NEWS FLASH: New Report Confirms Consumers across all demographics are interested in healthier foods.
We are seeing a shift in the mind of the consumer who is on the hunt for healthier options in the marketplace. Natural food brands should be aware of this shift as they continue to grow into conventional grocery where conventional shoppers are on the hunt for cleaner ingredient profiles that provide a function beyond a tasty snack. Keep in mind that “health” takes on different meaning in Boulder, CO than it does in Omaha, NE, but as you gear your brand to drive trial and create a bond with this new open minded conventional consumer, here are a few ways to attract them:
If you’re selling an unknown ingredient in a known form (Example, Quinoa Chip), make it easy through messaging and copy for consumers know what you’re bringing to the table. Consumers should quickly understand that you’re offering a great tasting chip that everyone knows and loves with great health benefits, etc. It would be helpful to think about addressing taste, texture and possibly the ingredient story along with any other questions an uneducated consumer may have. We all know what chips are so think to yourself: How can you break it down and make the unknown a known?
Consumers today are showing up to shelf with a distrust for big brands that have typically used saturated colors, big fonts, etc. However, the natural + organic space is no longer just utilizing earthy tones — there is movement toward these brighter colors that once indicated less healthy options.
Create a bridge between the brand and consumer. Tell a story and you will automatically make a connection that becomes relatable. The story can be about the founders of the brand, the product, or even how the ingredients were sourced — Whatever elements you choose to tell the tale of, this is key in making the consumer feel like they are joining in with a larger vision at hand.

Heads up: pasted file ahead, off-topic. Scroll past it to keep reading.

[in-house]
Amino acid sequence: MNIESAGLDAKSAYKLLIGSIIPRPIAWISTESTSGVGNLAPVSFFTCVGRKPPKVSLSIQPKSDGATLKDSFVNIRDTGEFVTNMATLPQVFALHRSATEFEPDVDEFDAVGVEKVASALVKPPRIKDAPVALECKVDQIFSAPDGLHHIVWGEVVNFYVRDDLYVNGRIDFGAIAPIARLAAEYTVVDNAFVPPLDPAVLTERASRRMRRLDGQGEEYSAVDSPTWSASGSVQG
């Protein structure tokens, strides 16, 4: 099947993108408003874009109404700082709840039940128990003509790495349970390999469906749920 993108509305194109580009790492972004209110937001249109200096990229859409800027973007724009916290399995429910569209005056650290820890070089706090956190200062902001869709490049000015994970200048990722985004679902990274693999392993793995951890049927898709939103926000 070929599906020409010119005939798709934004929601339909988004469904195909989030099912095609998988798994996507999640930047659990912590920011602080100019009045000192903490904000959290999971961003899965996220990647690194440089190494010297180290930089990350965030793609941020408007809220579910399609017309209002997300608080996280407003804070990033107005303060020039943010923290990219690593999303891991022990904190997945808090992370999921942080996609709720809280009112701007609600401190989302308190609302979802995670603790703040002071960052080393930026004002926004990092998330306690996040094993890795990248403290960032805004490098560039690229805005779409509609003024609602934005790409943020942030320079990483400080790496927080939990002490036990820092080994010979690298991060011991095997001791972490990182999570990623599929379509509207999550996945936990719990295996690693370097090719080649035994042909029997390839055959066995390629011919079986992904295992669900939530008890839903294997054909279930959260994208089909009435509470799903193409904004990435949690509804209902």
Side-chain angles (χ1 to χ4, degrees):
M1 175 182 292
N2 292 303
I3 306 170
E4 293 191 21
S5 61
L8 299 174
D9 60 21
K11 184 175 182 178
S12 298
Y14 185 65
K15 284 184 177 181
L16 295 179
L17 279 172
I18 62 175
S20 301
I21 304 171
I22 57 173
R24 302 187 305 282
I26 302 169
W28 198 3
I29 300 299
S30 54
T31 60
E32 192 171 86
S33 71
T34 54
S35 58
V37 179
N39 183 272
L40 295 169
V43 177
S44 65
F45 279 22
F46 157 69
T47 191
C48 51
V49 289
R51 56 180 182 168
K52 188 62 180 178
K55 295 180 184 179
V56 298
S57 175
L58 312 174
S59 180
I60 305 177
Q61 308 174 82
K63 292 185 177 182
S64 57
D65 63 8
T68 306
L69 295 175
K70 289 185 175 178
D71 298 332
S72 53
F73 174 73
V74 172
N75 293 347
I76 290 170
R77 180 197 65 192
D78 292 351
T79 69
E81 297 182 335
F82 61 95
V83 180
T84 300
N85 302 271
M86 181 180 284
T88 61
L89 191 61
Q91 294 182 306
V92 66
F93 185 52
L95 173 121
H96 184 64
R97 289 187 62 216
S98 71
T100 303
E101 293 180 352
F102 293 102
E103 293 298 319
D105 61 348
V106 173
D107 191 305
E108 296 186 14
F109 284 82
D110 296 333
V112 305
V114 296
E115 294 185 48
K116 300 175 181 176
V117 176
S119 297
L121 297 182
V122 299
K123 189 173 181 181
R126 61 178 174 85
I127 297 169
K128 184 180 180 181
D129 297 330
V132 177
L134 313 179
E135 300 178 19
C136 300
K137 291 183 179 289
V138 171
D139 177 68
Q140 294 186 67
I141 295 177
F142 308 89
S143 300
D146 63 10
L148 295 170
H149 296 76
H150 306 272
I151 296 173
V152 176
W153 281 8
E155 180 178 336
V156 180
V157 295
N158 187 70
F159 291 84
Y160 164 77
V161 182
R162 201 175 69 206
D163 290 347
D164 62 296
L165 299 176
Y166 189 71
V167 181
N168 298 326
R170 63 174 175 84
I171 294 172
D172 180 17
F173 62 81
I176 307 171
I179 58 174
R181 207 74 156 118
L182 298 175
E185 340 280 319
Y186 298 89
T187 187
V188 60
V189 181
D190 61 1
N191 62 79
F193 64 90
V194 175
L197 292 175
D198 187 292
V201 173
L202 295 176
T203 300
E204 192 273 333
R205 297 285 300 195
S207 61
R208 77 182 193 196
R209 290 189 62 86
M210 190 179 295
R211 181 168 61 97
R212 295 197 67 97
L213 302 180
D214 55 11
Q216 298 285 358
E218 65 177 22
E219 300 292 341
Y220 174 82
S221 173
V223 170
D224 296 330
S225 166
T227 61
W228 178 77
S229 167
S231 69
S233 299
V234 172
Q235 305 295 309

Be sure not to lean too far into the big CPG or natural / organic design approaches as one approach can immediately signal processed and the other unfamiliar approach can lend too “crunchy”. If you make a natural product, your ingredients are likely straight forward and we have seen this simplicity take shape in the design movement. It’s easy: Simple elements tell a story.
A recent study in Food Business News found that consumers are moving away from more traditional preferences in shopping which highlights taste and convenience. They’re moving more toward evolving preferences that include health conscientious, safety and social responsibility. These changes are not just affecting a specific demographic or socioeconomic group, but everyone who enters the grocery store.
People are becoming more concerned about ingredients in their foods that may cause long-term harm to their families, yet “consumers are not going to dig deep. They are not going to read a scientific report. If they have a concern they will check with friends and family. As companies, we have to be proactive and find ways to talk to consumers,” mentions Jim Borel, executive vice-president of DuPong, Wilmington, Del. There is a certain adaptability that is required to move with the trend to remain relevant and fresh for the consumers. It’s also important to evolve as a brand with the movements in order to meet expectations.